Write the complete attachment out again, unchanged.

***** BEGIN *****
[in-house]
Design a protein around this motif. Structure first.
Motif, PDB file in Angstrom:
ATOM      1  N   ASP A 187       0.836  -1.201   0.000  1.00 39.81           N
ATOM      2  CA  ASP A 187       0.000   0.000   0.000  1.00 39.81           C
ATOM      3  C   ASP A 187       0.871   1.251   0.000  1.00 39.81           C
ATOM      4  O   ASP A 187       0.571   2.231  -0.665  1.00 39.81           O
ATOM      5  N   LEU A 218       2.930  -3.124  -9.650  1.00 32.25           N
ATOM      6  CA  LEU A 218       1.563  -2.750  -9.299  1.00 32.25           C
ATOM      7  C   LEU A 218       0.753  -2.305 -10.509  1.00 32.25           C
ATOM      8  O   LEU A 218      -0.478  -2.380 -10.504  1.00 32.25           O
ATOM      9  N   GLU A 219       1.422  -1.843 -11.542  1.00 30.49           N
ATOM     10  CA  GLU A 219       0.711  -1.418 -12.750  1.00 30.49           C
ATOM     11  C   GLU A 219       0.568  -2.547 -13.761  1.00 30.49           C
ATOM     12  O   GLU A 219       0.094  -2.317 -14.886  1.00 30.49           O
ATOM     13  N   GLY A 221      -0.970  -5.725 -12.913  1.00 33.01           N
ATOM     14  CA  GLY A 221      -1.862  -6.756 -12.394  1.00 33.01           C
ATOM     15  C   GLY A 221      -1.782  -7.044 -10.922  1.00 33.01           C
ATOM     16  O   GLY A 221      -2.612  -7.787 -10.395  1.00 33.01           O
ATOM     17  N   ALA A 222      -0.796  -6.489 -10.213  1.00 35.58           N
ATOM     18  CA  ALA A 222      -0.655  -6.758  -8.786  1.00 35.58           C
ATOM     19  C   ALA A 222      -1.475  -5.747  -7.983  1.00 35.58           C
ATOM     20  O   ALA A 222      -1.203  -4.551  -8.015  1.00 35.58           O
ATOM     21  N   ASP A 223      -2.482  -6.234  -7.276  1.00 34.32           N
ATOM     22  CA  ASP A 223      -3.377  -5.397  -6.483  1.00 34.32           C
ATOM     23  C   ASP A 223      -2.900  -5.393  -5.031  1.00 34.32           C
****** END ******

[in-house]
Design a protein around this motif. Structure first.
Motif, PDB file in Angstrom:
ATOM      1  N   ASP A 187       0.836  -1.201   0.000  1.00 39.81           N
ATOM      2  CA  ASP A 187       0.000   0.000   0.000  1.00 39.81           C
ATOM      3  C   ASP A 187       0.871   1.251   0.000  1.00 39.81           C
ATOM      4  O   ASP A 187       0.571   2.231  -0.665  1.00 39.81           O
ATOM      5  N   LEU A 218       2.930  -3.124  -9.650  1.00 32.25           N
ATOM      6  CA  LEU A 218       1.563  -2.750  -9.299  1.00 32.25           C
ATOM      7  C   LEU A 218       0.753  -2.305 -10.509  1.00 32.25           C
ATOM      8  O   LEU A 218      -0.478  -2.380 -10.504  1.00 32.25           O
ATOM      9  N   GLU A 219       1.422  -1.843 -11.542  1.00 30.49           N
ATOM     10  CA  GLU A 219       0.711  -1.418 -12.750  1.00 30.49           C
ATOM     11  C   GLU A 219       0.568  -2.547 -13.761  1.00 30.49           C
ATOM     12  O   GLU A 219       0.094  -2.317 -14.886  1.00 30.49           O
ATOM     13  N   GLY A 221      -0.970  -5.725 -12.913  1.00 33.01           N
ATOM     14  CA  GLY A 221      -1.862  -6.756 -12.394  1.00 33.01           C
ATOM     15  C   GLY A 221      -1.782  -7.044 -10.922  1.00 33.01           C
ATOM     16  O   GLY A 221      -2.612  -7.787 -10.395  1.00 33.01           O
ATOM     17  N   ALA A 222      -0.796  -6.489 -10.213  1.00 35.58           N
ATOM     18  CA  ALA A 222      -0.655  -6.758  -8.786  1.00 35.58           C
ATOM     19  C   ALA A 222      -1.475  -5.747  -7.983  1.00 35.58           C
ATOM     20  O   ALA A 222      -1.203  -4.551  -8.015  1.00 35.58           O
ATOM     21  N   ASP A 223      -2.482  -6.234  -7.276  1.00 34.32           N
ATOM     22  CA  ASP A 223      -3.377  -5.397  -6.483  1.00 34.32           C
ATOM     23  C   ASP A 223      -2.900  -5.393  -5.031  1.00 34.32           C